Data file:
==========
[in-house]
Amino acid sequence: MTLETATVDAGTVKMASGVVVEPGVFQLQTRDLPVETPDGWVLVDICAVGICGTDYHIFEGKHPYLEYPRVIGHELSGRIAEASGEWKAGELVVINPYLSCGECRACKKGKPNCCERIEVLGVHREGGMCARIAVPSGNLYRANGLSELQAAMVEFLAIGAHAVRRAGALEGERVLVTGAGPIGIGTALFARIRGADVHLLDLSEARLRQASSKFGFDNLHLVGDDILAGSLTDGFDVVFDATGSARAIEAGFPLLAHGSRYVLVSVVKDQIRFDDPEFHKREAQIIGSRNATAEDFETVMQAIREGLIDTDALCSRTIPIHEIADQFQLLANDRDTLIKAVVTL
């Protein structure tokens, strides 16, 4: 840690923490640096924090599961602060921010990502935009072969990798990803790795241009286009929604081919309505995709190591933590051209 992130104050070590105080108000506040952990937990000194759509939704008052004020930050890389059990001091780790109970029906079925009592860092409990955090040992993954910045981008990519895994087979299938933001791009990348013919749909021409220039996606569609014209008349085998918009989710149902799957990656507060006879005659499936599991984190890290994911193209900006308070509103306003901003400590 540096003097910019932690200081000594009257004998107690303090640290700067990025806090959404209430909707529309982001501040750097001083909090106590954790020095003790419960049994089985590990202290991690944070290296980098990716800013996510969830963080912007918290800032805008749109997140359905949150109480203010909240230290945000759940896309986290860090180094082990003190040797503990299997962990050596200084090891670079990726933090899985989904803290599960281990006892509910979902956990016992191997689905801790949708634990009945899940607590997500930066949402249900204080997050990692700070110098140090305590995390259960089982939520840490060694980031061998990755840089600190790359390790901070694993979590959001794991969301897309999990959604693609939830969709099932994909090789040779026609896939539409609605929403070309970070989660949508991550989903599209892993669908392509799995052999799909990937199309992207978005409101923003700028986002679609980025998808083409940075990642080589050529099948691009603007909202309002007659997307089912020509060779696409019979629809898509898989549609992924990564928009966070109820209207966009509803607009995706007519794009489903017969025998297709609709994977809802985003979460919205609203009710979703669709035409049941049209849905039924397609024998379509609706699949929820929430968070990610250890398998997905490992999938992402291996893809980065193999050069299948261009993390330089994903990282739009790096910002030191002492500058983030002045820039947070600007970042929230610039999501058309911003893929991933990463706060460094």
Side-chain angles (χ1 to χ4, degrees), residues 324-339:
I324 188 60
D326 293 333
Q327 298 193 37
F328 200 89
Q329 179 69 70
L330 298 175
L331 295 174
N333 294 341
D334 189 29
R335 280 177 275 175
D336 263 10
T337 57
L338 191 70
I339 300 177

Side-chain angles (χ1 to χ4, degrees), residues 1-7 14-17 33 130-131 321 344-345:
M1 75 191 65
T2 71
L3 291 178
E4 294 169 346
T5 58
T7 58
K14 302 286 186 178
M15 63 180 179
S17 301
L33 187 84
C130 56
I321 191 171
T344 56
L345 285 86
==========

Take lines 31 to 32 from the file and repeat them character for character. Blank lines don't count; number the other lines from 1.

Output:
I321 191 171
T344 56